Quality captions are not a life-and-death matter. Nor are they a luxury in the manner that a Carnival cruise or a Mercedes might be. They are a necessity for a basic level of inclusion in a world that has so many other ways to alienate the Deaf and hard-of-hearing population.
by Carlin Twedt
Posted on: 5/14/2013 5:48:32 PM
The following blog post, from outerchat.com, describes just a few of the struggles of deafness.
There have been a few times when I held back on telling someone that I am deaf out of fear of prejudice. Generally, people accept it pretty well, but upon reflection, I realized that it's not the person I'm worried about having a negative view of me -- it's the situation I'm in. For example, I have never brought up my deafness in a job interview because I'm concerned that my potential employer will disqualify me on the spot for it. I am aware that there are laws that prohibit any sort of discrimination against people. This holds true for overt discrimination, but -- to quote a term from a sociology course I took in college -- what about "institutionalized discrimination?" This is the idea of indirect discrimination against persons by institutions, such as schools or businesses. I do believe that this is prevalent in certain situations, so I tend to withhold telling people about my deafness in those situations, like job interviews or school applications.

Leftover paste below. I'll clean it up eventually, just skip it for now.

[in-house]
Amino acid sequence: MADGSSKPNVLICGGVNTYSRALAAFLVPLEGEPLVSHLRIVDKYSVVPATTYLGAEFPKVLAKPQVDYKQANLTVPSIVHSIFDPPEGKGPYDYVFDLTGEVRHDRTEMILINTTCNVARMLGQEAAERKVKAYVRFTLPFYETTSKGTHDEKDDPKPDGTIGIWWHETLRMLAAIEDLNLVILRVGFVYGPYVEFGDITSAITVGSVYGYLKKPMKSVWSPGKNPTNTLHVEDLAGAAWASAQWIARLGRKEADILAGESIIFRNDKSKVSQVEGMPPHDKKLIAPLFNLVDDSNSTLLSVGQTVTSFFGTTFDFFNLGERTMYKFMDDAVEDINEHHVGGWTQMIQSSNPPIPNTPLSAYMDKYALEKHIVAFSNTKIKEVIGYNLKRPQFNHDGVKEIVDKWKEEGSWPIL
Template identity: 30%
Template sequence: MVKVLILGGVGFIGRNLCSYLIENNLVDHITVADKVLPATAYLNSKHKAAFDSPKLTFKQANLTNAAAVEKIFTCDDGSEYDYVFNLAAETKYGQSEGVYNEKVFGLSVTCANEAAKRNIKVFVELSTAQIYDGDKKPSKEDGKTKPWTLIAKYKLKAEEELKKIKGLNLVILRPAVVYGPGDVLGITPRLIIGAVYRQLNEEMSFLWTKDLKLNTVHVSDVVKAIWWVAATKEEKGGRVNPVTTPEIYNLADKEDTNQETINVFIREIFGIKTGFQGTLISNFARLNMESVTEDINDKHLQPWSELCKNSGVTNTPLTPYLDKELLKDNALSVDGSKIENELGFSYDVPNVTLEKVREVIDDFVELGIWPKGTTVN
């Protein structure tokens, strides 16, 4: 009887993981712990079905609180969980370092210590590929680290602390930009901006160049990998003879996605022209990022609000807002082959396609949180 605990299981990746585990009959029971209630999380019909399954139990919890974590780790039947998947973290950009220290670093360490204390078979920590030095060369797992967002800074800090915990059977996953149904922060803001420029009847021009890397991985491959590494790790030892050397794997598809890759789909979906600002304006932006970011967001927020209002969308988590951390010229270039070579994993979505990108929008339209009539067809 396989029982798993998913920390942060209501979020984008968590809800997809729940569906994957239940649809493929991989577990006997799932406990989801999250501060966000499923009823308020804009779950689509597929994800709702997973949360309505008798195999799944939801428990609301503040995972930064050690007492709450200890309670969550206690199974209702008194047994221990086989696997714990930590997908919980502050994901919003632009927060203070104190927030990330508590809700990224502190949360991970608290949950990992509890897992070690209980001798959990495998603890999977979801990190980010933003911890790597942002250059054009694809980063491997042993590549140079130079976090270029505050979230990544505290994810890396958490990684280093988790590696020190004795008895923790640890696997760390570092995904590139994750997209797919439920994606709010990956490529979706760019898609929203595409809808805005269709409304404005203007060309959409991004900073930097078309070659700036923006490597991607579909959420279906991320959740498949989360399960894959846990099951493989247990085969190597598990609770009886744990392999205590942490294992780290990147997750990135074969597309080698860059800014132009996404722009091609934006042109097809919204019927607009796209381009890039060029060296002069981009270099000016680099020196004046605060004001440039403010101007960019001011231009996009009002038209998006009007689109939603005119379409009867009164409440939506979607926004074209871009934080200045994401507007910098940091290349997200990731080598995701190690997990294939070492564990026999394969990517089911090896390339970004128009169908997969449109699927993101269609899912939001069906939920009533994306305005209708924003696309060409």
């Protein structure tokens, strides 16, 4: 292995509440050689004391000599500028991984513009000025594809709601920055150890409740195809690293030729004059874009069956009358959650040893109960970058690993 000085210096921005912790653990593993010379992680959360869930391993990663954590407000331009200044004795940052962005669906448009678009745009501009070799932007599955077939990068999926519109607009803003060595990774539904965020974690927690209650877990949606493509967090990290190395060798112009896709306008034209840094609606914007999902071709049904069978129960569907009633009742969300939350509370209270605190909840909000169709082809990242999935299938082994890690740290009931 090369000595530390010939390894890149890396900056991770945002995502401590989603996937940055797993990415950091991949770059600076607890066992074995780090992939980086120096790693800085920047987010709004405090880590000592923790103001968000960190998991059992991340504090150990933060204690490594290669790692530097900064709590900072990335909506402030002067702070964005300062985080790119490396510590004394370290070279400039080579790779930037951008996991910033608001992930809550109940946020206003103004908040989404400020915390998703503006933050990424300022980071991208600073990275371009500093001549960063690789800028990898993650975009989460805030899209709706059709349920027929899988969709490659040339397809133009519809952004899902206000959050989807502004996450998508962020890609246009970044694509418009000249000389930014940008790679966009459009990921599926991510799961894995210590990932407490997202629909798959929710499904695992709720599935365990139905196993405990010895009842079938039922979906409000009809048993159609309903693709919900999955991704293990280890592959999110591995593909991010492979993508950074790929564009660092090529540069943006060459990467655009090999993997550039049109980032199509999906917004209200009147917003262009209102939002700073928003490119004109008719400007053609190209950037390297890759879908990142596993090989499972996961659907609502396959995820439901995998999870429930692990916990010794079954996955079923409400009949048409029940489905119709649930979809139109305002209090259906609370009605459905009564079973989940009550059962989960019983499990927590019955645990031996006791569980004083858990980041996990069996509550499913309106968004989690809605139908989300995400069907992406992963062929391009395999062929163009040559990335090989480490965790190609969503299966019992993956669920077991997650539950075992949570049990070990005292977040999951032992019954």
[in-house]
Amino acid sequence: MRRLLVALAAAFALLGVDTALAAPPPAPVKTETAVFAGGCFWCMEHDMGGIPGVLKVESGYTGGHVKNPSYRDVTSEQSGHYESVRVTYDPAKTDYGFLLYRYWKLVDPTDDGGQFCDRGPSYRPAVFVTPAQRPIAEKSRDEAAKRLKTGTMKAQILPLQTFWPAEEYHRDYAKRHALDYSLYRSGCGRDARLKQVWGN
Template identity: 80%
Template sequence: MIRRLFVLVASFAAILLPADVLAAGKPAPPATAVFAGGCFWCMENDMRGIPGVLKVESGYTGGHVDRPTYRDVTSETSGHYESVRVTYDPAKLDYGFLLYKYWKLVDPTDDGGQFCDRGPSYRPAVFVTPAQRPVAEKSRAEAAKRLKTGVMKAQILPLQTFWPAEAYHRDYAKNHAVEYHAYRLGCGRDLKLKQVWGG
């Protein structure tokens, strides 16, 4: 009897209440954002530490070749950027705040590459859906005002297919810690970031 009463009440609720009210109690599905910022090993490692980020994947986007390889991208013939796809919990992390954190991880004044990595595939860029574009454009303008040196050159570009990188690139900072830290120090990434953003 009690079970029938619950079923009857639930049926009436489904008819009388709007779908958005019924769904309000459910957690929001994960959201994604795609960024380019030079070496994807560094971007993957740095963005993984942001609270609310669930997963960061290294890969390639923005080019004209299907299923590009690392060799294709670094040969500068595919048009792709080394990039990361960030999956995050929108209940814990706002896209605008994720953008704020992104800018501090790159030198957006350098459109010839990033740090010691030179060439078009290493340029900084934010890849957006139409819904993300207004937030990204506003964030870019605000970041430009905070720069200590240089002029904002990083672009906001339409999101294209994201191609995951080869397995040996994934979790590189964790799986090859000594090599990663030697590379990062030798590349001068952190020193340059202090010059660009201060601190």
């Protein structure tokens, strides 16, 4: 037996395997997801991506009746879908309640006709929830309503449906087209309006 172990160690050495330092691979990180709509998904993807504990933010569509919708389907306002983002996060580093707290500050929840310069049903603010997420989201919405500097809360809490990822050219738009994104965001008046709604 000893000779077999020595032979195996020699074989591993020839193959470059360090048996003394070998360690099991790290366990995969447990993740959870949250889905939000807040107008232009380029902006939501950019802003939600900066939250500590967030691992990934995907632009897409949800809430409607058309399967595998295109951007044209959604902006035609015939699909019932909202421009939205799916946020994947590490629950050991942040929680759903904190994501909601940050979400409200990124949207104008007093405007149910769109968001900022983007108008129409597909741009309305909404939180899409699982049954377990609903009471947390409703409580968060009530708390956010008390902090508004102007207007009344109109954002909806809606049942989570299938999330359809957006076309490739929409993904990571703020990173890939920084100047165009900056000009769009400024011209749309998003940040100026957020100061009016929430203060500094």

In addition, I generally do not bring up my deafness on first dates, at social events, with new co-workers, etc. In the workplace in particular, I am concerned about their avoiding me or passing judgment on me, which would certainly affect my work situation. As for dates and social events, though it's not as bad if someone thinks poorly of me for being deaf sice I can always meet new people.